In terms of the information it sounds like you were given a reasonable amount of information by your GP and was that easy to kind of work through and understand and think about?
 
Yes I think there was Patient.net or something that he gave me to look at. But that was kind of sufficient for I could read around it and think about it. But when I was doing the course you know alongside that, what that course has is little video clips of people talking about their experiences. And I actually found that very useful.
 

Andrew has conflicting feelings about taking an antidepressant

Andrew has conflicting feelings about taking an antidepressant

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I never forget to take this tablet and I think it’s because I think it’s been so valuable in helping me feel better. My big concern is that I go to the doctor in a few months time and they say we think you should come off it because, I’m really nervous about that and I’d like to stay on it for at least a year more, you know, and I, because I know by then I will have been on it for so long that it becomes a crutch and you think I can’t survive without it. How I feel at the moment, if someone said to me to just take it for the rest of your life I think I’d say thank you very much.
 
Because it’s keeping you stable?
 
I feel it is and obviously if I came off it then we’d know and maybe I should come off it at some point and try and see how I do, knowing that if I go back to the GP and say please can I start it again they’ll let me do it. And as well I’m, worried about -like the expense of it I’m worried about becoming an expensive burden to the community because really I’m 50 I’m generally in good health, you know, I’m working and I think oh I don’t want to be a drain or, you know, on drugs that are required for cancer treatment or something like that. But the more I’m on the treatment the more I realise how ill I was and it was a physical illness and not something that I just made up to get some attention.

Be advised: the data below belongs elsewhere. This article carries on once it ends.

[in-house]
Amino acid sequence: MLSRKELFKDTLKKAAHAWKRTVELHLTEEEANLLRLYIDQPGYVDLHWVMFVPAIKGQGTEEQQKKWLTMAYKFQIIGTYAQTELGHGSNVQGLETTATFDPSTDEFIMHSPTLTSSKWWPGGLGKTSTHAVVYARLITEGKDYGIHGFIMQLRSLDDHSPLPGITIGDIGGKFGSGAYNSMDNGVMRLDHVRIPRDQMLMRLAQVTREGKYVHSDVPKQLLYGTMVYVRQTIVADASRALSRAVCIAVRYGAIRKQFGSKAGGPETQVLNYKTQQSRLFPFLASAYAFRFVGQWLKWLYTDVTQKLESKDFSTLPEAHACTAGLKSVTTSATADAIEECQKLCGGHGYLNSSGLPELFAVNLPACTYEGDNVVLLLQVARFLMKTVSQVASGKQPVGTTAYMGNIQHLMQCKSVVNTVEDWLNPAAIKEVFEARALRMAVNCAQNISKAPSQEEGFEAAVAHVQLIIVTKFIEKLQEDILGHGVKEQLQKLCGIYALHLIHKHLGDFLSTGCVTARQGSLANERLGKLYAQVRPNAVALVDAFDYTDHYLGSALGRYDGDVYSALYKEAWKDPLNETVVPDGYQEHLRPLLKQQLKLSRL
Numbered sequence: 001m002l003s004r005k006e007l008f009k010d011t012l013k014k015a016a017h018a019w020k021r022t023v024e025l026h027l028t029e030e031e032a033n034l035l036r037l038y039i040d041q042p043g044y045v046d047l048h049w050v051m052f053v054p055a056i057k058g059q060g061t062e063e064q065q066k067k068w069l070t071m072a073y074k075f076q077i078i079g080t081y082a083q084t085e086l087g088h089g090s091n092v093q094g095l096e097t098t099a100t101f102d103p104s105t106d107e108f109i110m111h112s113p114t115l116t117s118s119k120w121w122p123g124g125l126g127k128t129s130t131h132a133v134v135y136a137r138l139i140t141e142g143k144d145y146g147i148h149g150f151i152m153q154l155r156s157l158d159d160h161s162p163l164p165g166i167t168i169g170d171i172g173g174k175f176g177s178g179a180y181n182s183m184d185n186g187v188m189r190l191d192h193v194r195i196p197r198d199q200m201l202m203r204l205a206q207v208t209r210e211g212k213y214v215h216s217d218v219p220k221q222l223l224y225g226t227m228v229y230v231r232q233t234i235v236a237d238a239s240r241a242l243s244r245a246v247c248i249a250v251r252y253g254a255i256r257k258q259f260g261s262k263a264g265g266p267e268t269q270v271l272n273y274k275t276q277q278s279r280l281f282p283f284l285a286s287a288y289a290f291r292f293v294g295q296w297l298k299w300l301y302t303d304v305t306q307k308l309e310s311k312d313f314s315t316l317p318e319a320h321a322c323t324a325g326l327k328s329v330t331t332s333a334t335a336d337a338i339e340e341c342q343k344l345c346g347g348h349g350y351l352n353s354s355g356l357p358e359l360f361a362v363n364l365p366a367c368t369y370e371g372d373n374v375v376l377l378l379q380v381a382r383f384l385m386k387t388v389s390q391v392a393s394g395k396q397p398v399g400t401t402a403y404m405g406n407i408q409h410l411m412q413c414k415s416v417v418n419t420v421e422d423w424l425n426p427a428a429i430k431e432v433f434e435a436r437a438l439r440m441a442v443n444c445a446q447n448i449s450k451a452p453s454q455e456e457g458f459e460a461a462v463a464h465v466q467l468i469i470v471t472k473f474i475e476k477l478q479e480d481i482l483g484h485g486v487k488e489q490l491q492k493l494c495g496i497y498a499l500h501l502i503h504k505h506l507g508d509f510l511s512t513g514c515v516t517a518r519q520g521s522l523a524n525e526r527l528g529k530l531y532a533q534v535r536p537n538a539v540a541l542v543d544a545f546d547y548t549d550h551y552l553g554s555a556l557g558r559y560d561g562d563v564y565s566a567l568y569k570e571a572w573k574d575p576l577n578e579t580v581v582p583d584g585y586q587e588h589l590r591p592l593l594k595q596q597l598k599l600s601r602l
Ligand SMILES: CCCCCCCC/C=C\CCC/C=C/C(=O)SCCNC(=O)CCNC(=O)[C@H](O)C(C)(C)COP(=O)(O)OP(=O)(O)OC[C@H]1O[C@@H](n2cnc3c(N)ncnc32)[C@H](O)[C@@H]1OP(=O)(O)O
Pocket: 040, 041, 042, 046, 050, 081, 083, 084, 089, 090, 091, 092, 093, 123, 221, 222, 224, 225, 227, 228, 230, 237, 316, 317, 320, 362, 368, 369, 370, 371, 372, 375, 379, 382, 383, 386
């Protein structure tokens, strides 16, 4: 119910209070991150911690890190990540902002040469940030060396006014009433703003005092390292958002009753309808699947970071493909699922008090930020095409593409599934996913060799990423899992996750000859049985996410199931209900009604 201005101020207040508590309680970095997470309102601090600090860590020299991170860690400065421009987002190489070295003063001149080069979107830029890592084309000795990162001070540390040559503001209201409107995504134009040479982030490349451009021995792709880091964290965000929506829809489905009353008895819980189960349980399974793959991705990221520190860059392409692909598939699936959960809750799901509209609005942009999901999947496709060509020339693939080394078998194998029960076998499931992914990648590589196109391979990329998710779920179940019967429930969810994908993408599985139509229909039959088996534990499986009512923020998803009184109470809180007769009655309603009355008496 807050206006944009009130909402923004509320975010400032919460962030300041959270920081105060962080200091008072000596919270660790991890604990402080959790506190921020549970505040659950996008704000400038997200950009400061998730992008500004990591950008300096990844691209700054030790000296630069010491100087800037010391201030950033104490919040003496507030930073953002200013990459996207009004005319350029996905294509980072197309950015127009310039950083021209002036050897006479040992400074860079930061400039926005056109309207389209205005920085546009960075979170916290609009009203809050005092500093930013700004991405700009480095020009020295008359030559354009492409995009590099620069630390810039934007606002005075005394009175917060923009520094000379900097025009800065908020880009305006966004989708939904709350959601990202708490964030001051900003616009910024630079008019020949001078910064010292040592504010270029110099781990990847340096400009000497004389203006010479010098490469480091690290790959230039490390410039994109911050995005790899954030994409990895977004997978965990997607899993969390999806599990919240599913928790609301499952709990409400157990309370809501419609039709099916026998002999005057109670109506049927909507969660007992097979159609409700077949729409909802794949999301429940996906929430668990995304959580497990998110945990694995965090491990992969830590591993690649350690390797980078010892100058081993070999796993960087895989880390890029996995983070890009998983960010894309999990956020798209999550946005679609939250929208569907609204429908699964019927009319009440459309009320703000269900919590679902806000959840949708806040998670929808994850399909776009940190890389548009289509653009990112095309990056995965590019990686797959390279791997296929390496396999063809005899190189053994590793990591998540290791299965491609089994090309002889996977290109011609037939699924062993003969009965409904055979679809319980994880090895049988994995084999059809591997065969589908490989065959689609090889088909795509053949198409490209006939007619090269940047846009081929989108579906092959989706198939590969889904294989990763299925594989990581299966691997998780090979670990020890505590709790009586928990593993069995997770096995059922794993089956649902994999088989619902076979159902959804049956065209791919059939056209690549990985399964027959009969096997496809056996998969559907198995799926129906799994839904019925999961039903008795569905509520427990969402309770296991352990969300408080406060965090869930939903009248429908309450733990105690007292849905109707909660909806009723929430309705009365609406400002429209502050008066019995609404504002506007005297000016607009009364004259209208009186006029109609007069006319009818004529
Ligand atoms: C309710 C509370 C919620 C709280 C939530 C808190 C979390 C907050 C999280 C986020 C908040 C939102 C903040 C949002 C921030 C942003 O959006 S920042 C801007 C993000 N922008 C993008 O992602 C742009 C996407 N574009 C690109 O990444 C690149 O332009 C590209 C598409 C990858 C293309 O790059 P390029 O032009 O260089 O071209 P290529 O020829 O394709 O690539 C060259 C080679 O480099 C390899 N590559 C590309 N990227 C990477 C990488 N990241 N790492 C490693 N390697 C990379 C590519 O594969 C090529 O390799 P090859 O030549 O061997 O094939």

Is that something that you kind of felt quite strongly before, that it could be that yes?
 
Yes, I suppose yes because it just, when I went to see the doctor is it just that I’m an ineffectual individual who’s not good at his job and not a great dad and that I’m, you know, and that I’m pretending I’m depressed to excuse all that? And he said well that’s what the depression is doing to you; it’s the other way round.
 

Andrew recalled ‘Someone saw that there was citalopram...

Andrew recalled ‘Someone saw that there was citalopram...

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Some family members know I didn’t tell them but I wouldn’t not tell them. Someone saw that I had, there’s a, there was citalopram sitting on the shelf and she’d had it herself and she said to my wife ‘Oh who’s on citalopram?’ and she said ‘They’re Andrew’s.’ So my wife’s family know, they’re the family I see more often we don’t really see my family that often so they know, fine I don’t mind them knowing at all.